Boost your trivia knowledge with the Edumacation podcast’s co-host and this expedition to the bizarre and extraordinary outskirts of scientific discovery
Class is now in session with Professor Andy McElfresh (not a real professor), science aficionado and co-host of the Edumacation podcast with Kevin Smith. This is the book that gives you a crash course in Cocktail-Party Science, the strange and astonishing scientific facts that you’ll want to share at all your social gatherings.
Chapters explore the Four Chambers of Knowledge—The Sci, The Fi, The Why, and The Bye—and examine such tantalizing topics as:
• Elevator Decapitations and a Deadly Wedgie
• Bigfoot, Mermaids, and the Mongolian Death Worm
• Dolphins Getting High Off Puffer Fish Toxin
• Staggering Feats of Shaolin Monks
• The Pentagon’s Weaponized Heat Ray
• Flying Cars, Real Telepathy, and Other Breakthroughs of Tomorrow and many more!
Open this book and open your mind: You’re about to get Edumacated!
“Edumacation is like peeking into Andy’s fact-filled brain–each topic is silo-ed into rough categories packed to the brim with historical and scientific information…He litters the book with his funny banter and crunches large topics into more manageable, bite-sized pieces. Overall, this book reads less like a scientific tome and more like a conversation with your best friend. It’s light, funny and you come out of it feeling good about yourself. You also pick up some neat trivia to share at parties!”—Nerdophiles
Related collections and offers
|Sold by:||Barnes & Noble|
|File size:||3 MB|
About the Author
Kelsey Dake is an award-winning illustrator whose work has appeared in The Atlantic, New York Times, GQ, and Wired, and was named an ADC Young Gun and one of Print magazine’s Top 20 Under 30. She lives in Phoenix.
Read an Excerpt
In Sam Raimi’s Darkman, Liam Neeson’s character drew strength from his inability to feel pain—and his ability to art-direct the set when he got mad. The condition is called analgesia, like what that creepy guy in The Girl Who Played with Fire has. That film showed some of the drawbacks: Lisbeth Salander’s older brother, that Rutger Hauer–looking dude, cannot feel pain, and the movie illustrates how if you had analgesia, you’d have to check your arms and legs for cuts so you didn’t bleed all over the Ikea flokati when you got home from being a thug.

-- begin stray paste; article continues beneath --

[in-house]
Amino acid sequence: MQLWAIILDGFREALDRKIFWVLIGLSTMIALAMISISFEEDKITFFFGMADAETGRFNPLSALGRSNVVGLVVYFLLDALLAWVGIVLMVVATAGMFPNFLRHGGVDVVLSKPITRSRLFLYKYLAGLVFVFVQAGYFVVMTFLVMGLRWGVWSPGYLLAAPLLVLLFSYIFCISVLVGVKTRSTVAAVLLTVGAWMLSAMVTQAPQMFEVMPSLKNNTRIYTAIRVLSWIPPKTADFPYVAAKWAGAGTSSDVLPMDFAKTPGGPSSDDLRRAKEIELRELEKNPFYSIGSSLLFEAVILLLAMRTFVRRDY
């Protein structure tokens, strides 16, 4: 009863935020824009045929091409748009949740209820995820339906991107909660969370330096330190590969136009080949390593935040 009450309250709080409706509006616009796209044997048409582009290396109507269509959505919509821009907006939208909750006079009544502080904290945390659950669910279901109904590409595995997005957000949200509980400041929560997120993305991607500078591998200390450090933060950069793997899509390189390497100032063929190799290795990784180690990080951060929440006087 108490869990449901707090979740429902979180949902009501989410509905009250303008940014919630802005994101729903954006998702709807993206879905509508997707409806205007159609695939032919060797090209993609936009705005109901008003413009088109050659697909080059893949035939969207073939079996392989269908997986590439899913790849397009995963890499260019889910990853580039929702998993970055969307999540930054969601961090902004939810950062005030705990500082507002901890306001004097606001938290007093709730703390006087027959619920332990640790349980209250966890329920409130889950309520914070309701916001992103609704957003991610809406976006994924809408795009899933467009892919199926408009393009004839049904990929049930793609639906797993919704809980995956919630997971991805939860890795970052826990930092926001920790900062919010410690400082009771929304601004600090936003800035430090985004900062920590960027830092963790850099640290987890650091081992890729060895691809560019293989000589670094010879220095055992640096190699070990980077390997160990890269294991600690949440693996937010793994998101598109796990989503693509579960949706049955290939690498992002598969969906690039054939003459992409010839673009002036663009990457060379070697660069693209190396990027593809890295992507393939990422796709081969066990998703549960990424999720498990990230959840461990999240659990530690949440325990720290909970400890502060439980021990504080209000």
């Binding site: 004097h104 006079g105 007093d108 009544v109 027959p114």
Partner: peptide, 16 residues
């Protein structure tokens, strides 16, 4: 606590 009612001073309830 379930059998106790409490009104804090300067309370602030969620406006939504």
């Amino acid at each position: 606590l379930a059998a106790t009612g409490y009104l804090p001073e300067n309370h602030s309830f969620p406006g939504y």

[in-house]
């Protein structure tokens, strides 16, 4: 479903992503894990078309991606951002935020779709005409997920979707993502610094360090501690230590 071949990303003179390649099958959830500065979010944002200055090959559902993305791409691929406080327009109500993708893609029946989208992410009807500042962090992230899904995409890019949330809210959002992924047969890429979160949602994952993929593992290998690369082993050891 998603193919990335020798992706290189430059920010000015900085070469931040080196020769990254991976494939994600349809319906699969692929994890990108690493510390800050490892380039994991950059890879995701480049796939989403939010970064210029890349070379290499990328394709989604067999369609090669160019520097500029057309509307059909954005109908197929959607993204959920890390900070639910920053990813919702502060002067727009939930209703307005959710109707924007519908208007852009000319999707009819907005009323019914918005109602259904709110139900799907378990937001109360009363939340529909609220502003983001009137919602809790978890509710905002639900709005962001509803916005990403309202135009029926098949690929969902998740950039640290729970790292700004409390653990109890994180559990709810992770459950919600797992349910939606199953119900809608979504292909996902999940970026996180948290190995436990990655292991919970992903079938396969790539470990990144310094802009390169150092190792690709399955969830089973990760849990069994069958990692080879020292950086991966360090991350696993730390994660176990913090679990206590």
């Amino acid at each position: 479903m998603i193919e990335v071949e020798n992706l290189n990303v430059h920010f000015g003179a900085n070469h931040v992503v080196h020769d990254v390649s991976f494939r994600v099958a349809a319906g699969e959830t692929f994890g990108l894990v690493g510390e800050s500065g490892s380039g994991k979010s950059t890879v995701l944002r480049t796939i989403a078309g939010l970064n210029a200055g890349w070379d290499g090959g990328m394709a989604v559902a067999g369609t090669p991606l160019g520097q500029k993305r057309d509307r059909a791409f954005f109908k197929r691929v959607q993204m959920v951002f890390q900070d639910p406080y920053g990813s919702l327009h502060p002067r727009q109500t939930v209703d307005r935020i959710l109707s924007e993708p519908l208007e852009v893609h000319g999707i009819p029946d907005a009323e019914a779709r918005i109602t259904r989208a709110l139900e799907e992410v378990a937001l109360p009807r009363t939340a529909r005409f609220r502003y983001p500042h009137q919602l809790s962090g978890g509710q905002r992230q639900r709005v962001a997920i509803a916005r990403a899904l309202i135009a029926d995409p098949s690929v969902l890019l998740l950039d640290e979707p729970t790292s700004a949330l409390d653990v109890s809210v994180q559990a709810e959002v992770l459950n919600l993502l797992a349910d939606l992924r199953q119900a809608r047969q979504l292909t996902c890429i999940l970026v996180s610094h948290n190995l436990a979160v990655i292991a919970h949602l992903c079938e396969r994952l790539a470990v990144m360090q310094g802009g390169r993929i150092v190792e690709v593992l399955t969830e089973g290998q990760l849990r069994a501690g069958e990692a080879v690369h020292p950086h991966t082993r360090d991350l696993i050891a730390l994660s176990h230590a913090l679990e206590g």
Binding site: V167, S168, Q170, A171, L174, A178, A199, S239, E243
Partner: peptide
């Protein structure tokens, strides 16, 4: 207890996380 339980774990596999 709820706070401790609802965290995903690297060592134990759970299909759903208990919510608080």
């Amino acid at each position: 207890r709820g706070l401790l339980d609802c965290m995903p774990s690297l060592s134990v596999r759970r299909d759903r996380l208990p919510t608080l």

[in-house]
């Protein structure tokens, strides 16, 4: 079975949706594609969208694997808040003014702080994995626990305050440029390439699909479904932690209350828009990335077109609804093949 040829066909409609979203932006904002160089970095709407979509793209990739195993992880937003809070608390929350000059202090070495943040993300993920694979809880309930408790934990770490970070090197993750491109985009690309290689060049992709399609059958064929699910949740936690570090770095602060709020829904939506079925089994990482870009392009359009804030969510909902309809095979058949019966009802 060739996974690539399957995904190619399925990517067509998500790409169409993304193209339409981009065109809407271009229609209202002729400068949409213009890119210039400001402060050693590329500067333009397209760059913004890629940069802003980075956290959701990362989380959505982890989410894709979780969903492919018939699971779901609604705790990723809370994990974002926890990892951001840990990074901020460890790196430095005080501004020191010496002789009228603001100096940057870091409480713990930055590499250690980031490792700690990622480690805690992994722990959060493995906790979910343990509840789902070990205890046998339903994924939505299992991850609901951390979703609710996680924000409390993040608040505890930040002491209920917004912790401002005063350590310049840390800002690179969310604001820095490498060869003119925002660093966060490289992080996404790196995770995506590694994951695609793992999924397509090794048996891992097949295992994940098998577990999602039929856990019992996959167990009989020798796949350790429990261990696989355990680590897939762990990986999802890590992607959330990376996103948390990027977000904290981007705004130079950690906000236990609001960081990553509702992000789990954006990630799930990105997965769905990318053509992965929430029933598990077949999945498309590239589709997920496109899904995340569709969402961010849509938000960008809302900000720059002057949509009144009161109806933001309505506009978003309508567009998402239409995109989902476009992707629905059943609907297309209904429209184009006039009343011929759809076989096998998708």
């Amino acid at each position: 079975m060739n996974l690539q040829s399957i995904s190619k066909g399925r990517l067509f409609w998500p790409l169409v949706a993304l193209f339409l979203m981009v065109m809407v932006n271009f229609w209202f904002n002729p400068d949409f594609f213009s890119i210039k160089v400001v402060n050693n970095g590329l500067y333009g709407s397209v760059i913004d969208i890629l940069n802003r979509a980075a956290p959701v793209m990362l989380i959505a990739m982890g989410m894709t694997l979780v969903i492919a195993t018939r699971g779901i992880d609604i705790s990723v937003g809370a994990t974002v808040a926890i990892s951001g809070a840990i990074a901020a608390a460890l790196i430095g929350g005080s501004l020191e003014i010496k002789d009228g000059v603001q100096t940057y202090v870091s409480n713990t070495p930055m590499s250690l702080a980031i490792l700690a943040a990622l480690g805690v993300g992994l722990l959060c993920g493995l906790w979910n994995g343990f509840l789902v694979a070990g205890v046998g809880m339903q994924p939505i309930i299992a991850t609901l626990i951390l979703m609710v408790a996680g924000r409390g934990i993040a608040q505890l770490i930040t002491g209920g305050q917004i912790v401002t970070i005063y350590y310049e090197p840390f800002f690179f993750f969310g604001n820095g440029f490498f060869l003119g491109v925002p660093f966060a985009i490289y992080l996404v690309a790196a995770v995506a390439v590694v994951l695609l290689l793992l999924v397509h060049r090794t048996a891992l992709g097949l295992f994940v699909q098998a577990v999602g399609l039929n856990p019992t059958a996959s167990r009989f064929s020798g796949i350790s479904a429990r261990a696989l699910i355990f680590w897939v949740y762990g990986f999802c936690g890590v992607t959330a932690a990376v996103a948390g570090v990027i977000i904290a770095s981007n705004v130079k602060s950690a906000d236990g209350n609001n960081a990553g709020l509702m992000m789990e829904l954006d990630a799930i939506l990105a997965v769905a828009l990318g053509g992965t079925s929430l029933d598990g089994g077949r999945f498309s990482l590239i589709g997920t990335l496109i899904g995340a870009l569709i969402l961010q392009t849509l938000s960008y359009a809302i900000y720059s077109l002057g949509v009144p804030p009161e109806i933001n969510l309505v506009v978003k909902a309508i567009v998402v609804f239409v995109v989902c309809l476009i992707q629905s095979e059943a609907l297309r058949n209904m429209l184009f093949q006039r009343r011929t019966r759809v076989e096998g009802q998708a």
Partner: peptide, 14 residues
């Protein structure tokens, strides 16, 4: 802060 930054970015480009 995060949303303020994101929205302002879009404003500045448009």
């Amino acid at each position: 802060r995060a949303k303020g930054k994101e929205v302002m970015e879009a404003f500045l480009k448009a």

A lot of people are afraid of pain, but this idea frightens me even more: Imagine that you’re swimming at the beach and cut your foot on a razor-sharp shell. Most of us would howl in pain and do what we could to stanch the blood. But someone with analgesia could go for an hour before realizing they just gave a creepy lunch of a couple of pints of blood to a hundred sand crabs and will need
(another) tetanus shot.
Analgesia is a real thing, and Kevin and I have met someone with it. Tim Kridland plies his trade as the Human Pincushion in various sideshows and TV appearances. When we met him at the Seaside Heights Boardwalk sideshow, he explained that he could literally take out his own appendix without drugs if he had the medical know-how. Unfortunately, his skills were limited to piercing his skin with huge needles. When he jammed a knitting needle all the way through his upper arm, Kevin and I had the proper reaction, which was to go outside and vomit over the rail.